August 21, 2012
New Potential Target For Treatment Of Potentially Blinding Disease
Research conducted at the Angiogenesis Laboratory at Massachusetts Eye and Ear Infirmary, has for the first time, identified the mode of death of cone photoreceptor cells in an animal model of retinitis pigmentosa (RP). This groundbreaking study, led by Demetrios G. Vavvas, M.D., Ph.D., and including Joan W. Miller, M.D., Mass. Eye and Ear/Mass General Hospital Chief of Ophthalmology and Chair of Ophthalmology at Harvard Medical School, has further identified the receptor interacting protein (RIP) kinase pathway as a potential target for developing treatment for vision loss in patients with retinitis pigmentosa. The study is expected to be published the week of Aug. 20 in the Proceedings of the National Academy of Sciences Early Edition.
Retinitis pigmentosa is an inherited condition that causes irreversible vision loss due to the degeneration of photoreceptor cells in the eye called "rods" and "cones." Rods are responsible for night vision, while cones are responsible for daylight and central vision. Vision loss from RP often begins with loss of night vision, due to death of rods, followed by loss of peripheral and central vision, due to death of rods and cones. Such vision loss can have a significant impact on people's daily lives, such as affecting their ability to read or drive a car. RP affects more than 1 million people around the world.Research conducted by Eliot L. Berson, M.D., of the Berman-Gund Laboratory for the Study of Retinal Degenerations at Mass. Eye and Ear, has shown that Vitamin A supplementation and an omega-3 rich diet can slow visual decline resulting from RP; they do not completely stop disease progression, however. For most patients, RP results in irreversible vision loss.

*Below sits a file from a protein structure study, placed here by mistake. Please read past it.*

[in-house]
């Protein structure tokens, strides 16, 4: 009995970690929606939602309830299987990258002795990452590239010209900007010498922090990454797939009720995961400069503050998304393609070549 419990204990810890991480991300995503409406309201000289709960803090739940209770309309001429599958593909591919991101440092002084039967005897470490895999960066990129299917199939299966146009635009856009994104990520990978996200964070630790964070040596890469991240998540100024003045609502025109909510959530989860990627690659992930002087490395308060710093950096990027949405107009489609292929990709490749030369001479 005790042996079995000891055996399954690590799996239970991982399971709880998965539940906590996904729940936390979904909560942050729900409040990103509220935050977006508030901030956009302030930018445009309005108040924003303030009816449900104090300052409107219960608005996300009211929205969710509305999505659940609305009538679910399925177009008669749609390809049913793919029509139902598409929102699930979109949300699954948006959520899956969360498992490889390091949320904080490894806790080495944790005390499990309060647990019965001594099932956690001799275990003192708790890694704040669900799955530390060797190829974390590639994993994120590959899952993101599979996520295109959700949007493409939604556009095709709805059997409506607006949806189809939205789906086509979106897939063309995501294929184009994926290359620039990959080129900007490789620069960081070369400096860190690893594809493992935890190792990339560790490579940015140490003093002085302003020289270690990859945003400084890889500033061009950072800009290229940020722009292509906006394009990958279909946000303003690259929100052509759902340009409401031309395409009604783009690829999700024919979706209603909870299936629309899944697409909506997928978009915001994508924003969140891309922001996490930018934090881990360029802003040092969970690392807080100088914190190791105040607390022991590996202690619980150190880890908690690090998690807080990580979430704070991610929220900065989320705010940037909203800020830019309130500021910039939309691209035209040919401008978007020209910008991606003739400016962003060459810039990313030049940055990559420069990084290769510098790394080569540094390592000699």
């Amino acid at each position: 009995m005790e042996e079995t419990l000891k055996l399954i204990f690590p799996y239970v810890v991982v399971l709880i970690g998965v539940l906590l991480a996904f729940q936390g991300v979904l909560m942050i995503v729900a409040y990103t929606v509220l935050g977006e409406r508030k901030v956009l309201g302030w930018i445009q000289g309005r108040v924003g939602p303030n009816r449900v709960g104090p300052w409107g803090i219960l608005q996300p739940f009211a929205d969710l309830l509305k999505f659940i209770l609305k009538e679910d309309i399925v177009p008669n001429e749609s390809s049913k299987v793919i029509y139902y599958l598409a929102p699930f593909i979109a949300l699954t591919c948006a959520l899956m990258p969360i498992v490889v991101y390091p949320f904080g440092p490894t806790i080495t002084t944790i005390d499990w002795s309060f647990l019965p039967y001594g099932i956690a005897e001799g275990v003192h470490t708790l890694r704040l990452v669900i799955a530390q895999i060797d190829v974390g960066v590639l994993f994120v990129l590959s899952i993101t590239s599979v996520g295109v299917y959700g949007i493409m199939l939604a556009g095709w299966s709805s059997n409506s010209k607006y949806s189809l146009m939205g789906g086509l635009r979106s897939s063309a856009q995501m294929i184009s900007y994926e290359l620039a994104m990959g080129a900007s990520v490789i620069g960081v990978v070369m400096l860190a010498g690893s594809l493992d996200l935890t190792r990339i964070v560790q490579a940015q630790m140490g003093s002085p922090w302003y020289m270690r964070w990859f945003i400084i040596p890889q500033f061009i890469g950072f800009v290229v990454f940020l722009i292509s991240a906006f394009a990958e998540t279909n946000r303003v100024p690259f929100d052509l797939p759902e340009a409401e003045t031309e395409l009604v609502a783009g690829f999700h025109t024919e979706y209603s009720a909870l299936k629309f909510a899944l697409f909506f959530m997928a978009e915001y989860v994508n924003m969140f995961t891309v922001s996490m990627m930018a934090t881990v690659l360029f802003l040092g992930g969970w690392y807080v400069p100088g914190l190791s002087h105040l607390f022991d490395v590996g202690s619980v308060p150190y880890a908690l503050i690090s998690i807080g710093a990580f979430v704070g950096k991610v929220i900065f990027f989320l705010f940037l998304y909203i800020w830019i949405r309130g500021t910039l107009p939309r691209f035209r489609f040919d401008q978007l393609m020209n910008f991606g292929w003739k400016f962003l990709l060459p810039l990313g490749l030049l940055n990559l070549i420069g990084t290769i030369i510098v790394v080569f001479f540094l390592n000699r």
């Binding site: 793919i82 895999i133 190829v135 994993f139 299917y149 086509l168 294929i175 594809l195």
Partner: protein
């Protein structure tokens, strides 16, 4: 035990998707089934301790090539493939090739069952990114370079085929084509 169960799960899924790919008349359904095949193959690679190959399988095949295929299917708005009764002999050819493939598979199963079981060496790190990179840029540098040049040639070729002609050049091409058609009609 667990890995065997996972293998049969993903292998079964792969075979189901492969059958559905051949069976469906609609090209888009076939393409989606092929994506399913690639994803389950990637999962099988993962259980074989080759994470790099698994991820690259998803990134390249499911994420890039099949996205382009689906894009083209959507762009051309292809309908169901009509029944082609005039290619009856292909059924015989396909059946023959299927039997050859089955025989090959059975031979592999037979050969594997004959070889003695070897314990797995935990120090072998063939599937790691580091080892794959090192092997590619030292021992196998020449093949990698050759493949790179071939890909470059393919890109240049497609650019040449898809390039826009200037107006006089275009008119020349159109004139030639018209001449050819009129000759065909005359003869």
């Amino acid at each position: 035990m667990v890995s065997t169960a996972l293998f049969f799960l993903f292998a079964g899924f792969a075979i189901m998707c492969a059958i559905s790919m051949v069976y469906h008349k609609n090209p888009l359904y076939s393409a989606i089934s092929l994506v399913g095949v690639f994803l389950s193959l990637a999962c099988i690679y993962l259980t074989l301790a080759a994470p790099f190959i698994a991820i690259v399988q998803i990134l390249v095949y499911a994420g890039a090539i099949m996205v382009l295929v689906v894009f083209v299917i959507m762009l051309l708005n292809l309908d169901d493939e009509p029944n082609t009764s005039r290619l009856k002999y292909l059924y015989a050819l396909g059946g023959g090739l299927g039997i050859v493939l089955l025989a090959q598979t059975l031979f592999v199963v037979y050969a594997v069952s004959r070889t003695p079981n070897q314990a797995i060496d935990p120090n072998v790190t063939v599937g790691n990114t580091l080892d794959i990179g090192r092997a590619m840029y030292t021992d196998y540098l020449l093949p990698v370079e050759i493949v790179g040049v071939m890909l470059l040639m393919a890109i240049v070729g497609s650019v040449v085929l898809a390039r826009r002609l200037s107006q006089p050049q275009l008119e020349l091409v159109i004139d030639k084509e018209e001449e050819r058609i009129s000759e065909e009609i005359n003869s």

Previous studies have identified mutations in more than 50 genes that cause RP, but the mechanisms by which rods and cones die remain to be completely defined. Since many of the genes associated with RP produce proteins that are used specifically in rod cells, it is still a puzzle why and how cones, which in some cases do not use the mutant proteins, die after rods degenerate. Using an animal model of RP, the investigators studied whether RIP kinase mediated necrosis is involved in the death of photoreceptor cells, finding for the first time that it is involved in cone degeneration and that a deficiency of RIP kinase reduced cone loss. Moreover, the study found that treatment with a drug that inhibits RIP kinase significantly delayed cone cell death and preserved cone photoreceptors.
"Though the precise mechanisms involved in RIP kinase inducing necrosis remain unknown, our finding that necrosis results in cone cell death puts us one step closer to understanding this disease and, more importantly, moves us one step closer to being able to provide novel therapies to millions of patients with vision loss," said Dr. Vavvas.
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